THE African National Congress is facing an internal crisis over new allegations concerning the activities of Winnie Mandela, head of the ANC's social welfare department and wife of ANC President Nelson Mandela.
"The Winnie Mandela scandal has gone beyond Winnie Mandela," said the liberal Weekly Mail in an editorial on Friday. "On trial now ... is the ANC and its leader, Nelson Mandela."
Deep divisions over the way Mr. Mandela and the ANC have dealt with the allegations against Winnie Mandela could significantly weaken the organization at a crucial juncture in negotiations for a transfer of power to a majority government.
The Monitor reported April 6 that Mrs. Mandela allegedly was involved in the deaths of an anti-apartheid youth, Stompie Moeketsi Seipei, and a prominent Soweto physician, Abu-Baker Asvat, in 1989. Vocal opposition
An increasingly vocal body of opinion from within the ANC is pushing for Mrs. Mandela to be suspended from her ANC positions despite an official bid Thursday to close ranks behind her, according to highly placed sources in the ANC who asked to remain anonymous.
"It is impossible not to sympathize with [Nelson] Mandela's personal predicament," the Weekly Mail editorial stated. "But it is also impossible to ignore the strain which it is placing on his judgment and on the workings of his organization. Frankly, it is time for Mandela to make some tough choices."
The Weekly Mail, an independent journal which is broadly supportive of the ANC, also hammered ANC Secretary-General Cyril Ramaphosa for putting his name to a statement which condemned a "trial-by-media" and suggested that the press was being manipulated by forces hostile to the ANC.
"Mr. Ramaphosa, even your closest friends must be dismayed by the fact that the organization and its president have failed so dismally to deal decisively with a problem that has bedeviled you for years - and will continue to do so."
Vrye Weekblad, a left-wing Afrikaans-language weekly, accused the ANC of a series of cover-ups of the truth surrounding Winnie Mandela and said that if the inaction by the ANC was to protect Mr. Mandela it was misplaced.
"The overwhelming feeling [within the ANC] is unabashedly that she must go," said the Weekblad. Second codefendant speaks out
The turmoil in ANC ranks deepened this weekend when the Sunday Times of Johannesburg reported yesterday that a second codefendant in the Mandela kidnap and assault trial, John Morgan, said that he lied in the trial to protect Mrs. Mandela and was seeking immunity from perjury in return for "telling the truth."
In the interview, Mr. Morgan, who has remained silent until now, said that Mrs. Mandela had personally ordered him to remove the murdered body of Stompie, a teenage anti-apartheid activist, from her home in Soweto in January 1989 and to "dump the dog."
Mrs. Mandela was convicted of kidnapping Stompie and three other youths from a Methodist manse but was found guilty only of being an "accessory after the fact" to assault, which indicates that she was not directly involved in the assault.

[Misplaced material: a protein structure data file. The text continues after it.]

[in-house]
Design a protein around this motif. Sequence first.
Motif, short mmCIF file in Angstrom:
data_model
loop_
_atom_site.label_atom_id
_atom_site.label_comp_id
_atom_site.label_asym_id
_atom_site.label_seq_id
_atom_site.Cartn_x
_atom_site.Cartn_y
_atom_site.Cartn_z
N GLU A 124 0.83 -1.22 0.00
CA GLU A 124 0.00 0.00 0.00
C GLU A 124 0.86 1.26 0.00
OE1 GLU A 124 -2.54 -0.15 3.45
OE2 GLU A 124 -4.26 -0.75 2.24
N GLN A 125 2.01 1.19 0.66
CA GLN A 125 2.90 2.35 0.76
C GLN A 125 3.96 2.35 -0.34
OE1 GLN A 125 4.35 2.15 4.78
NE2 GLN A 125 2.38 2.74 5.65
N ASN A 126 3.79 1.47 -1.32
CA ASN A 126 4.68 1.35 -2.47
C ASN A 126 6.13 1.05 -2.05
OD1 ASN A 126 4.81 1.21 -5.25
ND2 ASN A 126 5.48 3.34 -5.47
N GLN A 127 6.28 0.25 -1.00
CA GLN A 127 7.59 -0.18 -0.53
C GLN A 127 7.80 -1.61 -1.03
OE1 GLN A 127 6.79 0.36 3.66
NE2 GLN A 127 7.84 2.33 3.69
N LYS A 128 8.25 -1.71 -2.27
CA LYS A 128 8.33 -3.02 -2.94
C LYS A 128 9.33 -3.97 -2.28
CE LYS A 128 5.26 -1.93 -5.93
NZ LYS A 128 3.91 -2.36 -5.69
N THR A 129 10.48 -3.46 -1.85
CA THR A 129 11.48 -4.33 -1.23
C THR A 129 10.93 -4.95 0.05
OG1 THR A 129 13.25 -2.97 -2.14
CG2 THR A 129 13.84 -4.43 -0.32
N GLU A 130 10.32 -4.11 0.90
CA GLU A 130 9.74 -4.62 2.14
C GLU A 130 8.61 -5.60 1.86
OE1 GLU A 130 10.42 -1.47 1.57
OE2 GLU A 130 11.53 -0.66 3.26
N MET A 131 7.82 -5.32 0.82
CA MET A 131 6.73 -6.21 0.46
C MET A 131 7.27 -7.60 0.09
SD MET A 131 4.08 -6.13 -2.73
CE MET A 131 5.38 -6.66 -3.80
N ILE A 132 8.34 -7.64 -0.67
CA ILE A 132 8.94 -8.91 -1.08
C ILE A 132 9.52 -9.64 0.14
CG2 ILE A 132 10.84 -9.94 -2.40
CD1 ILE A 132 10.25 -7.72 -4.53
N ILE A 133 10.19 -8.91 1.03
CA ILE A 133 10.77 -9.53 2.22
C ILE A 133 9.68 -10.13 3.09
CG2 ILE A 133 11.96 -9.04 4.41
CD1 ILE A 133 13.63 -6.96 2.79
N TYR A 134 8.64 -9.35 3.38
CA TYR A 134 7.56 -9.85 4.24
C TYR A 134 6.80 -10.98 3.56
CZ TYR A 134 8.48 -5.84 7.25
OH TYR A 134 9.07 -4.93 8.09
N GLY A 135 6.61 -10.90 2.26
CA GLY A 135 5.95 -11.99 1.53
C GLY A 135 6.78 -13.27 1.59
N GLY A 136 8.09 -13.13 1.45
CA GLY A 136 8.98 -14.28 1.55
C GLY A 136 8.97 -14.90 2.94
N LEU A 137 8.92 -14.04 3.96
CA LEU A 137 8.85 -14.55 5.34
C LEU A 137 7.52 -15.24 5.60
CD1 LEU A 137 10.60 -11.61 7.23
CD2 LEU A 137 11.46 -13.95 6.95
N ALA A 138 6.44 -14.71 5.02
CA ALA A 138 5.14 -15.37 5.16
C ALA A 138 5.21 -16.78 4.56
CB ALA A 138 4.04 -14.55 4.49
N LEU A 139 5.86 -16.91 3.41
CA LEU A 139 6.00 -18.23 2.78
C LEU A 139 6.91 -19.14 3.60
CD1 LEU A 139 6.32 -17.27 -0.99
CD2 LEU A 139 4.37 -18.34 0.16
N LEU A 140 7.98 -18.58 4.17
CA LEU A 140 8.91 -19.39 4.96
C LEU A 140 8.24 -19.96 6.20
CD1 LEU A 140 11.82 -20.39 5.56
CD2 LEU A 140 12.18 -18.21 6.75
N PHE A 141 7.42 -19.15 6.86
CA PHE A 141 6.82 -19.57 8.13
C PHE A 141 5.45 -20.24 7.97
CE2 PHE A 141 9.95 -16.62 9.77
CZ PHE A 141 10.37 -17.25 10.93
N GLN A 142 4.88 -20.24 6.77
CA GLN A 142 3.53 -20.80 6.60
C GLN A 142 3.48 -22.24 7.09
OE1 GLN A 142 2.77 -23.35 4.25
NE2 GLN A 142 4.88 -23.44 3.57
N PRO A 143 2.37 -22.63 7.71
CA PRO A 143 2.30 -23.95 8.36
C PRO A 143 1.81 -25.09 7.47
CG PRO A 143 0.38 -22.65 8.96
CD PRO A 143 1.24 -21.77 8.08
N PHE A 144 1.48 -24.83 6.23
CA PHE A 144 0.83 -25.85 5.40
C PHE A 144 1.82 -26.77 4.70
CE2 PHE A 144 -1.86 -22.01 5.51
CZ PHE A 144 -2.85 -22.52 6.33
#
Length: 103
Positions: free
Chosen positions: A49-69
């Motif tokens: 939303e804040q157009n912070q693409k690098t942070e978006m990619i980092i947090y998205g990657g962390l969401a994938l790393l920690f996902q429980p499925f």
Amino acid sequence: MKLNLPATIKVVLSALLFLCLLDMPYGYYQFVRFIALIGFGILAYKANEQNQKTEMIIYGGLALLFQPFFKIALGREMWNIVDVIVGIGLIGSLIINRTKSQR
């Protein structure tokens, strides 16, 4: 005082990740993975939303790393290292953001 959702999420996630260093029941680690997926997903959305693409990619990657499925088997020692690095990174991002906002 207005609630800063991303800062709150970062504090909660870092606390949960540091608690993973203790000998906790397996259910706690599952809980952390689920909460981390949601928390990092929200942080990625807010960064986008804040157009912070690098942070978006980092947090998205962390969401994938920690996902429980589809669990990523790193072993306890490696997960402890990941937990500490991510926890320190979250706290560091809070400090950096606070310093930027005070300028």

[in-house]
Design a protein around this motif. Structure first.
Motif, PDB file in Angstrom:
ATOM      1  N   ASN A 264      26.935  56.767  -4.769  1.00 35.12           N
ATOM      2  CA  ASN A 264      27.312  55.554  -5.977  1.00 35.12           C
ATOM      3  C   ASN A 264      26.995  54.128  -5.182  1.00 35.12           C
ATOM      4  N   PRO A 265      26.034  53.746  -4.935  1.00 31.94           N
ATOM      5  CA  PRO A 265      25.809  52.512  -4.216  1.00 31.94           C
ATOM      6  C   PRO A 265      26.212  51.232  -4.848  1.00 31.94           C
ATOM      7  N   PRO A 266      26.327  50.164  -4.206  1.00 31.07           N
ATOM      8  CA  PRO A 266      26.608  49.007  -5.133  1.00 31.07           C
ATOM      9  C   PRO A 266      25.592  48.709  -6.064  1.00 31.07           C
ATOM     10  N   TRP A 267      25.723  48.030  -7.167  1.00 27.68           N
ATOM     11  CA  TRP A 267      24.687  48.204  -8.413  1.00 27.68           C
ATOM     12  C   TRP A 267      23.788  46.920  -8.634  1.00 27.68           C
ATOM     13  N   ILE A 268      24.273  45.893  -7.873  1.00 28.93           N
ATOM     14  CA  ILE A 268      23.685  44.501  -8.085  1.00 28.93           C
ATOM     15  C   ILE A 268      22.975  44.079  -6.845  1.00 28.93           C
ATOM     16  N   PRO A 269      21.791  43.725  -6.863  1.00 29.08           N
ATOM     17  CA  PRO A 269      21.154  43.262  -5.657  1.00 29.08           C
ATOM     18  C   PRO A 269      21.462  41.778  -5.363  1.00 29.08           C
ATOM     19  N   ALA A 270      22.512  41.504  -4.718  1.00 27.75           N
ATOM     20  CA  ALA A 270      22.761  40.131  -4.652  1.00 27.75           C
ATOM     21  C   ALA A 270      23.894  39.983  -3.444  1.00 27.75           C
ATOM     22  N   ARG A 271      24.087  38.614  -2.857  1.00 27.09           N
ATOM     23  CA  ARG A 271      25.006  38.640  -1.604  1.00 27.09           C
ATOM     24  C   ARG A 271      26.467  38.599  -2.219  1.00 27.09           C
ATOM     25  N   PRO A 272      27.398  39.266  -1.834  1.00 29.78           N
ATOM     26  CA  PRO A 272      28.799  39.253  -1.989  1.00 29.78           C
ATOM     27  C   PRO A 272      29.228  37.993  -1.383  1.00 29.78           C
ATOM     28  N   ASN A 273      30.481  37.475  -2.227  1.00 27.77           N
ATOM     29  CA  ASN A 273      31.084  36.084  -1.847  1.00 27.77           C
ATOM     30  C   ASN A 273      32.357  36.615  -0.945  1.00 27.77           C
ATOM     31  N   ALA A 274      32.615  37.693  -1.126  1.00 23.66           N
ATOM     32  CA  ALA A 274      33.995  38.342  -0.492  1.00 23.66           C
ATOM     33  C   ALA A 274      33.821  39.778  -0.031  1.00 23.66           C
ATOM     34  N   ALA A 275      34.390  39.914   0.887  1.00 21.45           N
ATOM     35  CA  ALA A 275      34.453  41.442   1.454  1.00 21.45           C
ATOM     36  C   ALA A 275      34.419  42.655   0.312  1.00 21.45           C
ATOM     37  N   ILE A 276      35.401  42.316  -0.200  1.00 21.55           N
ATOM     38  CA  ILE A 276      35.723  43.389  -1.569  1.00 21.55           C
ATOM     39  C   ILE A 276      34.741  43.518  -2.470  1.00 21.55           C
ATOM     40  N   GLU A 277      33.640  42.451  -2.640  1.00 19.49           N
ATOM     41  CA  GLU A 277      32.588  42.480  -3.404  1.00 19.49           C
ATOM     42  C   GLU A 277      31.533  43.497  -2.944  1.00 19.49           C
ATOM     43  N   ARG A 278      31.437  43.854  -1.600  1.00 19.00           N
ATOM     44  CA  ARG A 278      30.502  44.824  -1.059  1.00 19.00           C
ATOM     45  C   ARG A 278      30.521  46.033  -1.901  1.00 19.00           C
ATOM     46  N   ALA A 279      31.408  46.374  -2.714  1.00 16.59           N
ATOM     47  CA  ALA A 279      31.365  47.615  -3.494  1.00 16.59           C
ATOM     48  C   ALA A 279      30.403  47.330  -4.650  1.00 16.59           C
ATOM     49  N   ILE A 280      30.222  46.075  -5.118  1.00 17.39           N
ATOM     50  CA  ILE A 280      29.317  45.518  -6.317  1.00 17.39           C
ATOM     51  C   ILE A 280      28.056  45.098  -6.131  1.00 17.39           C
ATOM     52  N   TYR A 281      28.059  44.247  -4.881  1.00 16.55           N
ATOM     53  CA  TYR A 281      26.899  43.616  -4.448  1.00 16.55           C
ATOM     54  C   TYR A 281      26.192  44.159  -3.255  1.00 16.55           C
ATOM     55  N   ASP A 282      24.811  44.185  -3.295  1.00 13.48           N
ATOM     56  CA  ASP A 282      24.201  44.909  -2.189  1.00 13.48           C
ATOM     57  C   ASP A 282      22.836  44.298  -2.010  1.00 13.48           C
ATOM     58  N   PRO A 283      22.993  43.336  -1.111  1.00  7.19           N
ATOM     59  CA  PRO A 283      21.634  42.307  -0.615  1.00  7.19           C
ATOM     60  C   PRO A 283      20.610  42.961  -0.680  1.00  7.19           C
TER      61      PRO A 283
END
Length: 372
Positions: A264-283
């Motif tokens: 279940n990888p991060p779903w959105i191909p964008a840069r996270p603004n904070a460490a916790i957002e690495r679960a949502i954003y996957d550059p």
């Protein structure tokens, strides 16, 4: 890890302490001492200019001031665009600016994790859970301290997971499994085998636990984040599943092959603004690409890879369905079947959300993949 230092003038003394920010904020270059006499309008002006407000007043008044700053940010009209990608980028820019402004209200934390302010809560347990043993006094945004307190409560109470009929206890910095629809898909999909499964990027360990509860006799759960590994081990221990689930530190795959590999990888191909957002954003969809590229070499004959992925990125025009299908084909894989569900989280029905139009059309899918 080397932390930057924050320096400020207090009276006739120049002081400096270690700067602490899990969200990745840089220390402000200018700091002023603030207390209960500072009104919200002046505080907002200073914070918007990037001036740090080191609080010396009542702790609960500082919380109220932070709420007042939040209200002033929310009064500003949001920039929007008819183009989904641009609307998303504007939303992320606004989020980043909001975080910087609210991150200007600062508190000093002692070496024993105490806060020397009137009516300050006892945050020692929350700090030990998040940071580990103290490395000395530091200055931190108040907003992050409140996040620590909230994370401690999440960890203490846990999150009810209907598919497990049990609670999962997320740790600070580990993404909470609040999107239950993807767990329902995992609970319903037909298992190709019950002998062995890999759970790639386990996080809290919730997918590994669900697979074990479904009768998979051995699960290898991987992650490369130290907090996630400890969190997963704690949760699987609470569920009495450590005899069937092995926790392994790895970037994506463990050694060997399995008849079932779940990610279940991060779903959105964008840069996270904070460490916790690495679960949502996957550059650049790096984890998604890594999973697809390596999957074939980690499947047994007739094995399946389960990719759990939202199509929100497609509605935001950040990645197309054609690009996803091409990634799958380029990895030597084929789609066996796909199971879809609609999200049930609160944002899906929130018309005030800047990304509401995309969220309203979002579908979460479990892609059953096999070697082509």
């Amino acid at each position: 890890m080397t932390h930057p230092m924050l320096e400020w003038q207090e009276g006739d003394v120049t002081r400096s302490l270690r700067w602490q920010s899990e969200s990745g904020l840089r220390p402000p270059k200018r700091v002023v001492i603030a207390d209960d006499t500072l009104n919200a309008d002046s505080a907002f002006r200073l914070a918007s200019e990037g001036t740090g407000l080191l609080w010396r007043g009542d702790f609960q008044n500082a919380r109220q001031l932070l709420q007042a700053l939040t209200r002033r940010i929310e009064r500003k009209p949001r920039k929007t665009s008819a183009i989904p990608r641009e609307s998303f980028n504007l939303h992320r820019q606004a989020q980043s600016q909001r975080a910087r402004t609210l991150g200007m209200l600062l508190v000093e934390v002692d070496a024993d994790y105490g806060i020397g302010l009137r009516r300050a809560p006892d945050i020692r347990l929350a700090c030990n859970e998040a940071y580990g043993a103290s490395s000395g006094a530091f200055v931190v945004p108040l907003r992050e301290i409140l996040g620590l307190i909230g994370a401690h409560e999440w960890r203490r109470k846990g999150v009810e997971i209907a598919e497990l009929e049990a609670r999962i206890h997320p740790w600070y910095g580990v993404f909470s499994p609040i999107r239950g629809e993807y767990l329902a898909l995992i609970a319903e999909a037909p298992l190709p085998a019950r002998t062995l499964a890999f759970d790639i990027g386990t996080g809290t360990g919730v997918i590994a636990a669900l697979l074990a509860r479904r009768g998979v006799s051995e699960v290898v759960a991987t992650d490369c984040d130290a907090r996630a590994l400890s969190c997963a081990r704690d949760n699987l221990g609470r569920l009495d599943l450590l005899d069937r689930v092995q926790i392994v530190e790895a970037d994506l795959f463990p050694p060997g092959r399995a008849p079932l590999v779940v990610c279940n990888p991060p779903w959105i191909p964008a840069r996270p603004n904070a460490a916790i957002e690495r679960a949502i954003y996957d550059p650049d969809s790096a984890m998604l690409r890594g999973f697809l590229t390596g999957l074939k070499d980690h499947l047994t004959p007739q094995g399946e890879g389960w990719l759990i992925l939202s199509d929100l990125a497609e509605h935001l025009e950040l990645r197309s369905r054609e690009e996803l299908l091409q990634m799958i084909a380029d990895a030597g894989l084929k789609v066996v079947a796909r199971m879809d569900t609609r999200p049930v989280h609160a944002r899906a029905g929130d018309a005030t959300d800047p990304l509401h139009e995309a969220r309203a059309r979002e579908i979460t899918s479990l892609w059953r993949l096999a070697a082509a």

The trial judge, Michael Stegmann, did not reject Mrs. Mandela's alibi that she was in the town of Brandfort during the assault on the four youths by some members of her bodyguard, the United Mandela Football Club.
But Morgan said in the Times interview that Mrs. Mandela never went to Brandfort on Dec. 29, 1988 as she claimed, but was present in Soweto and personally led the assault on the four youths.
"This is the most devastating indictment of Mrs. Mandela to date," said a lawyer close to the Mandela trial but not directly involved.
An ANC official told the Monitor Friday that Mr. Mandela had been persuaded by senior ANC colleagues several weeks ago to withdraw his influence to protect his wife and further her career in the ANC.
A statement about a Mandela separation and a go-ahead for an ANC executive to review Mrs. Mandela's official positions was to have been made last Tuesday, the official said.
But new allegations in the April 5 London Sunday Times suggesting Mrs. Mandela's involvement in a string of murders and new allegations about her role in Asvat's murder published in the Monitor April 6 prevented Mr. Mandela from going ahead with the announcement, the official added.
"There was sympathy for his argument that if he announced the separation at that point it would have given credence to the new allegations and he would have become party to her destruction," the official said. Closing of ranks
ANC apologists for the "closing of ranks" say that the attack on Mrs. Mandela has become an attack on the ANC itself as parties prepare for the country's first nonracial election next year.
"How else can one explain that this assault on Mrs. Mandela has come at such a crucial moment in the negotiating process?" asked one ANC loyalist.
Last week the South African Police reopened an investigation into allegations linking Mrs. Mandela to Asvat's death.
According to Monitor sources, Asvat had refused to corroborate Mrs. Mandela's claims that the abducted boys had been molested by a white Methodist minister.
The Times reported last week that another codefendent, Zoliswa Falati, also claimed she had lied in court to protect Mrs. Mandela. Mrs. Falati, who is appealing her kidnapping and assault conviction and is currently in the care of ANC intelligence wing, denied that report Friday.